Foreign Study Program in Africa
Frequently Asked Questions
* What arrangments have been made for student who need to see a doctor
while on the FSP?
In Pretoria, our principal base this Fall Term '03, we will use one of the
24-hour clinics maintained around the University of Pretoria, as we have in the past.
As in past years, our primary care physician continues to be Dr. Philda de Jager,
who is also the personal physician for several of our Pretoria staff and their families.
(Dr. de Jager is also one of the team doctors for the South African Olympic team.)
Toll Free Phone: 0800 199 533
Clinic: (27) (11) 4822 980
Contact: Dr. Philda de Jager
* What arrangments have been made for emergencies that may happen while
on field trips?
Each student and all faculty members will be registered with a South
African Medical Air Rescue Service. This service operates emergency
aircraft throughout South Africa ans will evacuate emergency cases from
the national parks to hospitals in Pretoria and Johannesburg.
* How will the group be transported in Africa?
While the students are attending classes in Pretoria they will be transported
to and from their urban homestay family by private family car. On occasion,
the program may provide for a van service. In the past, the homestay
families have also car-pooled students.
For field trips, the students and directors will travel by office coach
(bus) companies, and/or by vans driven by licensed and appropriate drivers.
These drivers will be the Dartmouth faculty members and other university
* Is there a listing of important telephone numbers?
A list of telephone numbers (the Director's home, homestay family,
doctors, etc.) is provided to each student during Orientation in Pretoria.
A copy will be sent to all parents by the ENVS main office at Dartmouth.
* How can I contact a student on the AFSP?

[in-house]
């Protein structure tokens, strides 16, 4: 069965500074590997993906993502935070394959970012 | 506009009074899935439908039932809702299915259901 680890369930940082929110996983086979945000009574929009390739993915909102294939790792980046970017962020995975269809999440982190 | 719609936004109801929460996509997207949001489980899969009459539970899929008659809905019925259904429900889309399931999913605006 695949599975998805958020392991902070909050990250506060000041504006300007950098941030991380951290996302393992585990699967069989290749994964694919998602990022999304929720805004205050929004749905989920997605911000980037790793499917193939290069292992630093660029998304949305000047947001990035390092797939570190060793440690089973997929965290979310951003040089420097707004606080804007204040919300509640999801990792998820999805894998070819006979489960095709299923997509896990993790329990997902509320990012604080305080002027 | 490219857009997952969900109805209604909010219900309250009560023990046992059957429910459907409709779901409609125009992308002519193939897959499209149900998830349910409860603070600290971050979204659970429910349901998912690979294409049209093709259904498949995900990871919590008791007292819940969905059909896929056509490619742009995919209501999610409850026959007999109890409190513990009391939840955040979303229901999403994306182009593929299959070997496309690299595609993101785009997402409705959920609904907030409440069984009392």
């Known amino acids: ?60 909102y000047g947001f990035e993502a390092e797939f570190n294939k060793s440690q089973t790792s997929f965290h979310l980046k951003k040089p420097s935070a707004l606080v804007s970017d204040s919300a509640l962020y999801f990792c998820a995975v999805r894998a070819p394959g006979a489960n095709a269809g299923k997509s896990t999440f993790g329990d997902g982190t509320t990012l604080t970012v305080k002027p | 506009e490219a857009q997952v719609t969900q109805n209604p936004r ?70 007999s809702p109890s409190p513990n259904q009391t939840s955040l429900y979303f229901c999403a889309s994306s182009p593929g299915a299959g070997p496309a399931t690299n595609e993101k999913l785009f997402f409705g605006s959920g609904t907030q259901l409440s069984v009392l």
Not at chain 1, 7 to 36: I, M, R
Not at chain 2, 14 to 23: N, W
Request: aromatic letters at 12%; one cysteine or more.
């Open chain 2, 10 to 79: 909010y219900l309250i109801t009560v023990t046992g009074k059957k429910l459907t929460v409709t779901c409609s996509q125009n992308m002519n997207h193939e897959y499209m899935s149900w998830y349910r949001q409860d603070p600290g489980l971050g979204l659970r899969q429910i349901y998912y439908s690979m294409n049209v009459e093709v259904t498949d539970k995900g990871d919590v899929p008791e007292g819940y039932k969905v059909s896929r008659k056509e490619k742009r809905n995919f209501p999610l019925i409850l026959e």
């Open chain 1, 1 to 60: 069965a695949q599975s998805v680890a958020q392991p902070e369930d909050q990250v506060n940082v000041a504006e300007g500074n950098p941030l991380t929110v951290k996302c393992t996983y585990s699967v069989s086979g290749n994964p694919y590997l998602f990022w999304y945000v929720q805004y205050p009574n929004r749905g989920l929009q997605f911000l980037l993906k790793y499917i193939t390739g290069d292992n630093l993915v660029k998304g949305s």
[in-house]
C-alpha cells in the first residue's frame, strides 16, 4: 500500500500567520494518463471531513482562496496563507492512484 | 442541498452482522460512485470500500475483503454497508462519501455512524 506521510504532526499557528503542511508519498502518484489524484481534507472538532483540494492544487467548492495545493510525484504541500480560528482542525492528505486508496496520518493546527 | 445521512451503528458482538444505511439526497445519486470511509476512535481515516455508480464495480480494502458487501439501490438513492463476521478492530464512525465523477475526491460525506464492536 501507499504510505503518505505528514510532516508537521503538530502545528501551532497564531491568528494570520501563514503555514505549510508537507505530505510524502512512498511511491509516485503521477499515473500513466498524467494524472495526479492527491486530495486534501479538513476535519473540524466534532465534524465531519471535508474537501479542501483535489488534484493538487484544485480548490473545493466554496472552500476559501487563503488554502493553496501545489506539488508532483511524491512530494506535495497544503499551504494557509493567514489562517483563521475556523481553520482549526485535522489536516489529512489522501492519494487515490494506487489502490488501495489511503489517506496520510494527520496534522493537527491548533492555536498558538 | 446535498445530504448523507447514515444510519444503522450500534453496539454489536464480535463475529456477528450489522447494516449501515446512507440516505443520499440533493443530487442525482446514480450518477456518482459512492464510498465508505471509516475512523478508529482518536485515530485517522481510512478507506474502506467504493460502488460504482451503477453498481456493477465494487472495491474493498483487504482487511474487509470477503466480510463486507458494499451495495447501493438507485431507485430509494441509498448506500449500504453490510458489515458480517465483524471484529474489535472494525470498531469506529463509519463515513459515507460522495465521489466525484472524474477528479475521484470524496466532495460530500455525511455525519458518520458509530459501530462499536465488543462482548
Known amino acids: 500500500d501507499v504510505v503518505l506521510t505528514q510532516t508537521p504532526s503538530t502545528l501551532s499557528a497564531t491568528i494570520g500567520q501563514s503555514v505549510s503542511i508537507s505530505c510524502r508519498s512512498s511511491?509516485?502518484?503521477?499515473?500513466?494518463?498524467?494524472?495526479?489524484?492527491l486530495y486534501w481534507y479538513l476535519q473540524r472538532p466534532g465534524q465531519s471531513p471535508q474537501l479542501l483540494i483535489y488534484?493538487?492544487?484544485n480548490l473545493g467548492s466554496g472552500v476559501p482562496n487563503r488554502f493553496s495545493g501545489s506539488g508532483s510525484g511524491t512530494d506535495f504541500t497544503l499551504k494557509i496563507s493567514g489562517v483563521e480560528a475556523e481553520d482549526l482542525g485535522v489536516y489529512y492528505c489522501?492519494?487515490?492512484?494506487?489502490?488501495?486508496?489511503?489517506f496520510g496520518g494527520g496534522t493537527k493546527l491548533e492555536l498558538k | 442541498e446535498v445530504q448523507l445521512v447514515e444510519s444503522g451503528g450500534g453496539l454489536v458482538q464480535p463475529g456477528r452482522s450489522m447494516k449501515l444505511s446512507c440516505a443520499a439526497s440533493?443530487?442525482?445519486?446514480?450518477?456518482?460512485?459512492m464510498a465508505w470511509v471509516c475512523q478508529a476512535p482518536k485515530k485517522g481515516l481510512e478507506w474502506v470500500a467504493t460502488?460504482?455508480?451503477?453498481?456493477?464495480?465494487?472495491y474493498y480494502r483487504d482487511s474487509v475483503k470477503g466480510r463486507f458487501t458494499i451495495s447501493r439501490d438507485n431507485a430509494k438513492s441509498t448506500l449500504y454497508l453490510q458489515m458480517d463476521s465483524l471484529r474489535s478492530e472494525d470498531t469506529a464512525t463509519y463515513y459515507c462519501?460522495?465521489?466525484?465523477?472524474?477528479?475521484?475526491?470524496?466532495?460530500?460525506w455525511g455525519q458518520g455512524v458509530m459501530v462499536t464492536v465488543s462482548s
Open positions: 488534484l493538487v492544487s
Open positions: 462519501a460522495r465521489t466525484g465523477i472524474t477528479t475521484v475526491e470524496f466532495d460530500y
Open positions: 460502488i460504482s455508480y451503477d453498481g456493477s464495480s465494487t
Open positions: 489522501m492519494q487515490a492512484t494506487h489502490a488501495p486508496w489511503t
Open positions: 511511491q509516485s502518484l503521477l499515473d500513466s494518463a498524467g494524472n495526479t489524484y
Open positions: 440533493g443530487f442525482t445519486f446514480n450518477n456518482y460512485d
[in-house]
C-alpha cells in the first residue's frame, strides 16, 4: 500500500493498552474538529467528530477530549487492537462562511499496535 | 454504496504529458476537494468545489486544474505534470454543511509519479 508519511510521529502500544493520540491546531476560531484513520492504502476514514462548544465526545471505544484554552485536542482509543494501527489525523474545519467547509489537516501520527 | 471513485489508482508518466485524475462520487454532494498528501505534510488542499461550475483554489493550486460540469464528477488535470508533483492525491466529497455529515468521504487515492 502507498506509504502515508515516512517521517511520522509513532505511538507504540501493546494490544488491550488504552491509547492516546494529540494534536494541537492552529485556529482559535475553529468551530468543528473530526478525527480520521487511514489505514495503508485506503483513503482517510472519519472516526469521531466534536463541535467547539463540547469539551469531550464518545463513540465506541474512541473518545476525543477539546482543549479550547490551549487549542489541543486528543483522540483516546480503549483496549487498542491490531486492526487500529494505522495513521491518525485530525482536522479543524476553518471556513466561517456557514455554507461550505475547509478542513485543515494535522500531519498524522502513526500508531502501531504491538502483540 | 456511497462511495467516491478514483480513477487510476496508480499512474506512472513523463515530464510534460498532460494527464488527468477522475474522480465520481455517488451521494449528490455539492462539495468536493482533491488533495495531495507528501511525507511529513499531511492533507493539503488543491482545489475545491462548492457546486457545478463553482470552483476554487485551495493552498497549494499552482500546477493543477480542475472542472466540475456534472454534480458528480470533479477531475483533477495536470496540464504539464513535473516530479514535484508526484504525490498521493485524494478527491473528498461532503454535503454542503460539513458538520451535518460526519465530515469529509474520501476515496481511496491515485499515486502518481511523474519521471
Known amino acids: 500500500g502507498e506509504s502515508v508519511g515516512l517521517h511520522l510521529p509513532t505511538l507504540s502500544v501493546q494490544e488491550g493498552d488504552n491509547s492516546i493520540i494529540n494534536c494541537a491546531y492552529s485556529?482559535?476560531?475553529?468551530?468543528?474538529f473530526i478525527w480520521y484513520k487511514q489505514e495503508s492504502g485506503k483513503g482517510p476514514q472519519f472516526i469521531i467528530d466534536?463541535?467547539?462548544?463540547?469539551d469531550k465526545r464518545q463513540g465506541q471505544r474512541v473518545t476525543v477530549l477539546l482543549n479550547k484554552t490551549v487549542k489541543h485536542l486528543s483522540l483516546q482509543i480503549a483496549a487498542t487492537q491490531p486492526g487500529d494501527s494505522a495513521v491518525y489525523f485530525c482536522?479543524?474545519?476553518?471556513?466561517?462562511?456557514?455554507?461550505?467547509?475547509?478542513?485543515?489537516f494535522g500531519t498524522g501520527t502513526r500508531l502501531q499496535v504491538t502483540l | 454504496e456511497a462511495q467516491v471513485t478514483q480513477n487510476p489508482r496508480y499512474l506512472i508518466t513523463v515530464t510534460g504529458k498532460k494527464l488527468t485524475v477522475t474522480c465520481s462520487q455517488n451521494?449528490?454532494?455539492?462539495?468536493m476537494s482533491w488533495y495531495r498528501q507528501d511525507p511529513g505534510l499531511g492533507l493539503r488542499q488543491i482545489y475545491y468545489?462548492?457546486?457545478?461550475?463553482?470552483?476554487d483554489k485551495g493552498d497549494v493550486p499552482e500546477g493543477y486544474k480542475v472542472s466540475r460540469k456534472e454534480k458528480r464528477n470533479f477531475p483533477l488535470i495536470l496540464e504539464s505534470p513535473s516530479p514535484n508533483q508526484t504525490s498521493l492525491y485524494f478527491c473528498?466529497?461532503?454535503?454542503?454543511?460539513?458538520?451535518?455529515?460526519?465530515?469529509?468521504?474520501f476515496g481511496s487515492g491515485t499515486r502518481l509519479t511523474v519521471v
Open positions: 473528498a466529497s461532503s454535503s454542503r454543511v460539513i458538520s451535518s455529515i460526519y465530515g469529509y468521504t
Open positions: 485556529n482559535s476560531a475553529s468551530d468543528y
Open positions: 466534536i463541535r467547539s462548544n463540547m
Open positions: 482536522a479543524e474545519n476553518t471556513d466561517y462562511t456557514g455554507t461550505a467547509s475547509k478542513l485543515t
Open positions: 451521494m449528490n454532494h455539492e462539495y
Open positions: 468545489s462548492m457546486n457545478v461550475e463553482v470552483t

All mail should be sent to:
Your student's name
C/O M. Dobson
University of Pretoria
Centre for Environmental Studies
Geography Building Room 2/1
No items of value should be mailed to an AFSP student while he/she
is in Africa. Customs may charge a duty against the declared value and
the student will have to pay this amount before claiming the package.
Packages are also sometimes opened.
Email is the best way to communicate, if possible. The students will
have access to email at cybercafes just down the street from the University
of Pretoria. Students are encouraged to keep their Dartmouth Blitzmail
acounts active and to log-on to them from Africa.
Another good way to reach your student is through his/her
urban homestay family's private home telephone. These are available for
in-coming international calls only,
but are severely restricted for out-going calls because of the enormous
expense. International calls are extremely expensive. Students should bring
an AT&T (or other server) International Calling Card with them
Your student will be urged to email you his/her homestay parents'
telephone number as soon as your student is settled in (around 22-23
The Directors may also be reached by their home phone. That number
will be given to students upon their arrival in Pretoria. It will also
be sent to parents and the ENVS main office.
PLEASE REMEMBER THAT SOUTHERN AFRICA IS 7 (SEVEN!) HOURS AHEAD OF THE
UNITED STATES EAST COAST. THEREFORE, THE BEST TIMES TO CALL ARE BETWEEN
NOON (1200) AND 2 PM (1400) EST.
* Are there good ways to stay up-to-date on events in Southern
One of the best ways to keep in touch with events on the ground is
through the independent news sources.